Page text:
Finding Balance with Sticky Notes
By Sandra Dailey
I’ve been given many labels; over organizer, micromanager, nit-picker, etc… I own every one of them. My mother explains it best – I’m a typical Virgo. Everything around me must be in perfect order.
The clothes in my closet are organized by type of item and color. Everything stored in my kitchen cabinets that are multiples, (such as glasses, cups and dishes), are in even numbered amounts. If one gets broken the set is replaced.
When my children were at home, they’d misplace pictures and knick-knacks before I came home from work. Then, they’d secretly time how long it took me to have them back in place.
Yes, I’m the person who will rearrange the dishes in your dish washer, the bottles on your bathroom counter, and the pillows on your sofa. I’ll let you know if a picture is hanging crooked and stare all day at one that’s not hung in perfect line with the others. I don’t get a lot of invitations.
I use the same principle in my writing. My hero, heroine, and villain have to have equal page time. My romances must have a balance of humor, drama, and seduction. My suspense/mystery stories need an equal sprinkling of clues, red herrings, and threats.
I do envy those people who can open their word processor with a single idea and write whatever comes to mind, but you can see why this doesn’t work for me. So, how do I achieve my balance? Sticky notes – several of them in different colors.
I divide my story into three sections, beginning, middle, and end. I plan what I want to happen in each one. Then, I start with just the beginning. Here’s where the sticky notes come into play. I write scene ideas on each piece with the POV noted.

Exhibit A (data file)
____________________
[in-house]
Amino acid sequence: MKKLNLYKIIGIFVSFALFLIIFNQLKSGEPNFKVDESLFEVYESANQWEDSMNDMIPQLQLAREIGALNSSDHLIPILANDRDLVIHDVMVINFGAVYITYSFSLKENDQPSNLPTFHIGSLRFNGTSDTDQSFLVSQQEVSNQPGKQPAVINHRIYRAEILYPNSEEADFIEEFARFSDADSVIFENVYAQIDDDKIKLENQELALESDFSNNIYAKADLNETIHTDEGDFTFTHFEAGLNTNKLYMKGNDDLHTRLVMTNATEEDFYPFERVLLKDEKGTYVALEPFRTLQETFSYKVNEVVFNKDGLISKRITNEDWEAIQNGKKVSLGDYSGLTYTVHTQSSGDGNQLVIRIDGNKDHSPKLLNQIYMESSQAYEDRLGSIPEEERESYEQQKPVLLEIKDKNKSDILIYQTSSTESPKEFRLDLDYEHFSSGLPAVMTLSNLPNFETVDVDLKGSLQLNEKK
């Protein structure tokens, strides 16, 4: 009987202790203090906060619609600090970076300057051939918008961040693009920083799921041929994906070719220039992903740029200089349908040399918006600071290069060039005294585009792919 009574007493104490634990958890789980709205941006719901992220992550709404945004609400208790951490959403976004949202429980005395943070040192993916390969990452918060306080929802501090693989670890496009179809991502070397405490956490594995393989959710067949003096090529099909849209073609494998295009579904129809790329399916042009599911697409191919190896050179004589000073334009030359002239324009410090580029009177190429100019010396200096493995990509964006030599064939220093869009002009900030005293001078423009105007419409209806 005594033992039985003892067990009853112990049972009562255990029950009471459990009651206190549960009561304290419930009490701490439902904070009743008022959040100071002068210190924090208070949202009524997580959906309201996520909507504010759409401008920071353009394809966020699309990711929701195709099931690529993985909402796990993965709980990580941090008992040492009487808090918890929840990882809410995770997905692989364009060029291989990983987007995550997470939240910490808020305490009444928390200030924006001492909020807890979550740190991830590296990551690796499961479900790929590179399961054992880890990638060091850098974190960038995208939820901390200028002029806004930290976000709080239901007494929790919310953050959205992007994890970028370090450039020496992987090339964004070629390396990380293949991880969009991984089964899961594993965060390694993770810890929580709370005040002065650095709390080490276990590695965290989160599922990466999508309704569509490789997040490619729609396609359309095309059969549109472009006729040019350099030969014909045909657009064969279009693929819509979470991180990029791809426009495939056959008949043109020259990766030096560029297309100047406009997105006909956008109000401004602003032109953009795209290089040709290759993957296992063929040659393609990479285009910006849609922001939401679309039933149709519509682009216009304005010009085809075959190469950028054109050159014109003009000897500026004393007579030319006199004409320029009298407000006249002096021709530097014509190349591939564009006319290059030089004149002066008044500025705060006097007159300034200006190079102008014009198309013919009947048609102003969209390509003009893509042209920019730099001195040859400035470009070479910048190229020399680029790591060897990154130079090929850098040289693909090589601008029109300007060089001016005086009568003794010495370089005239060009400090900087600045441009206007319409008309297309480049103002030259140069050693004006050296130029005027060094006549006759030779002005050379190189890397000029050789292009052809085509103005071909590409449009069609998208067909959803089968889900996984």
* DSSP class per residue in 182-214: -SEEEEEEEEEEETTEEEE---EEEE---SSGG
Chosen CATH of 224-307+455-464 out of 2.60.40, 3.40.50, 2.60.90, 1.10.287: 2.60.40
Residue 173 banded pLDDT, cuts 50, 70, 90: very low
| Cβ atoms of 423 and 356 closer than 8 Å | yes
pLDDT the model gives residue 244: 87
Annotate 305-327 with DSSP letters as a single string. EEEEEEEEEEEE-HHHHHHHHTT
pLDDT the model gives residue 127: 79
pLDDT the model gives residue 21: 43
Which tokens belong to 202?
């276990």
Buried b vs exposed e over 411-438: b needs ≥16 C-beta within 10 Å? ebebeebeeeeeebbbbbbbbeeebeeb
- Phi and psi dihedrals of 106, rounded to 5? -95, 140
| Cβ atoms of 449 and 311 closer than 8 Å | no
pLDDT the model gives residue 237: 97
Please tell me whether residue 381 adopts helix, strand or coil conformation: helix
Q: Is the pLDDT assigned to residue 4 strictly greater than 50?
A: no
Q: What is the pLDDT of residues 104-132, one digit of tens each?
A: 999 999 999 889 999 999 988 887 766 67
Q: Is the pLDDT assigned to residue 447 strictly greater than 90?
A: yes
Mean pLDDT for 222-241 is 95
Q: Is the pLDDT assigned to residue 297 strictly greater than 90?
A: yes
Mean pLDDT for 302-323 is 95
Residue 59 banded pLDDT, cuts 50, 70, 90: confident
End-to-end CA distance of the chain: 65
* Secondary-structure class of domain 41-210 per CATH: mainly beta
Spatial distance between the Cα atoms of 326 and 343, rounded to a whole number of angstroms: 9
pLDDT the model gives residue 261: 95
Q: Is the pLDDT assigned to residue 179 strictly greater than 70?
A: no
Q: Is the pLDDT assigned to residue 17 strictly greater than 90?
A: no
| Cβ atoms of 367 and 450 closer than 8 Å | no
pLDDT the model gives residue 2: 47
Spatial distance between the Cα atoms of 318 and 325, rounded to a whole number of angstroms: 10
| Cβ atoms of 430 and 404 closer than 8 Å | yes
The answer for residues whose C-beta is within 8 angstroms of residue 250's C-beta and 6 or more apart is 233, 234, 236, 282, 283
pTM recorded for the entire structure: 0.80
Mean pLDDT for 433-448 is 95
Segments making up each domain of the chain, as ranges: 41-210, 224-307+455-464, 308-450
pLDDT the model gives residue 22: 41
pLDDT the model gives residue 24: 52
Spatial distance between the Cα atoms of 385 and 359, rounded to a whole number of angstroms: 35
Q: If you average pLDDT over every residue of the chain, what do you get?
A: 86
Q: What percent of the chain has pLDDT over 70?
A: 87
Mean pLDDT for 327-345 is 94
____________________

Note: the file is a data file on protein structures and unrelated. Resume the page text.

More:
· Clues-pink paper
· Red herrings-yellow paper
· Threats-blue paper
· Heroine-blue ink
· Hero-black ink
· Villain-green ink.
Why sticky notes? They are laid out on my large dining room table on a plastic table cloth and I don’t have to worry that a strong breeze will ruin my work. I can easily move them around to add, rearrange and achieve perfect balance. Then, the outline is transferred to a notebook which stays by the computer on my desk.
This may seem time consuming to some people, but I find it saves me time. I spend approximately one afternoon planning and outlining each section. Most of my time is spent filling in the scenes on the computer. I don’t usually have to go back to do a lot of rewrites. If I do want to add or change something later, I can quickly find the scene in my outline.
Did I mention that I’m a typical Virgo?
My newest release is COMMON ENEMY.
Jordan Holbrook is the single mother of a five-year-old daughter. She’s just inherited her Grandmother’s house in South Florida where she’s hiding from an abusive ex-husband who’s been released from prison early. A new man in her life isn't part of her plans.
Connor McCrae is a handyman who lives out of his van. He walked away from a privileged life and loving family after being badly scarred in a vicious attack. He doesn't believe a woman’s love is in the cards for him.
What brings them together is a rundown house, a mutual attraction, and a Common Enemy.
Bobby Ray Butler is cutting a path of murder and mayhem through south Florida in his quest for vengeance. His sights are set on his ex-wife and anyone who gets in his way.
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Amazon - http://www.amazon.com/Common-Enemy-Sandra-Dailey-ebook/dp/B00ILYKD8G/ref=sr_1_fkmr0_1?ie=UTF8&qid=1402881991&sr=8-1-fkmr0&keywords=common+enemy+by+sandra+dailey
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